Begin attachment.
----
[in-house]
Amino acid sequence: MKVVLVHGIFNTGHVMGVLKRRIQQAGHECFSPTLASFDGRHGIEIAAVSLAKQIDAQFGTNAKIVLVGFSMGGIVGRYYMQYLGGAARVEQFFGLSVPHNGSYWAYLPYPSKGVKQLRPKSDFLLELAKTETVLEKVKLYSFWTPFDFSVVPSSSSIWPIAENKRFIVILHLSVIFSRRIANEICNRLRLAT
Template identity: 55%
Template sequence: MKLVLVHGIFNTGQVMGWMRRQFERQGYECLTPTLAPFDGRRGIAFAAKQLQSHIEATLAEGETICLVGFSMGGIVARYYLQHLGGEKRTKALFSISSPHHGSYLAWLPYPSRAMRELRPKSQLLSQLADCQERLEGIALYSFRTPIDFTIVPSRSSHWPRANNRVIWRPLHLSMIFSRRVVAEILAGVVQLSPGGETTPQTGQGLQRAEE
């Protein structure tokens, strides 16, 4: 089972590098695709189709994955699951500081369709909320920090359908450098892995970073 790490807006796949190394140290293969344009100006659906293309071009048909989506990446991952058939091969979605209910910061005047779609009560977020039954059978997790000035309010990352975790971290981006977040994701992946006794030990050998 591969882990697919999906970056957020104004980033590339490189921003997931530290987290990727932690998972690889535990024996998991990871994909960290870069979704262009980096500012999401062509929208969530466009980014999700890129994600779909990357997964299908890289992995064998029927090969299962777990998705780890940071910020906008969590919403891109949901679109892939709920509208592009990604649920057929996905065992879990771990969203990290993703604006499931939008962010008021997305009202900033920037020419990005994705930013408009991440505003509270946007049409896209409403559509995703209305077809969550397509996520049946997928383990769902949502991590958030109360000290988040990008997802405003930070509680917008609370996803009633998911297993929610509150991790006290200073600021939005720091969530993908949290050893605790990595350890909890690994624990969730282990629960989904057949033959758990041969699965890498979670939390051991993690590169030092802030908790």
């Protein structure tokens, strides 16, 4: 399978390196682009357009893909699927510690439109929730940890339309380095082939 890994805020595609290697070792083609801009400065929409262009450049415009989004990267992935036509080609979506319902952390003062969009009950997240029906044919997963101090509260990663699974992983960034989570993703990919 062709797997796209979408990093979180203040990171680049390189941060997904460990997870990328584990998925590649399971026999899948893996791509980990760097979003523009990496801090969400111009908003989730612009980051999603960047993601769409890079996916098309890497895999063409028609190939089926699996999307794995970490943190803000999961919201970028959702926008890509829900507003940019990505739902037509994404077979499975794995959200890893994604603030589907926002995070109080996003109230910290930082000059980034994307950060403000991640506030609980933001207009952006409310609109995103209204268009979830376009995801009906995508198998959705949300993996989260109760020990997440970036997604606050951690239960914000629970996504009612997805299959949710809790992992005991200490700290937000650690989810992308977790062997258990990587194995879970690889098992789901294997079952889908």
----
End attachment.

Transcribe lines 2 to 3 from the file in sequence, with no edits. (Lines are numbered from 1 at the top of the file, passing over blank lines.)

Amino acid sequence: MKVVLVHGIFNTGHVMGVLKRRIQQAGHECFSPTLASFDGRHGIEIAAVSLAKQIDAQFGTNAKIVLVGFSMGGIVGRYYMQYLGGAARVEQFFGLSVPHNGSYWAYLPYPSKGVKQLRPKSDFLLELAKTETVLEKVKLYSFWTPFDFSVVPSSSSIWPIAENKRFIVILHLSVIFSRRIANEICNRLRLAT
Template identity: 55%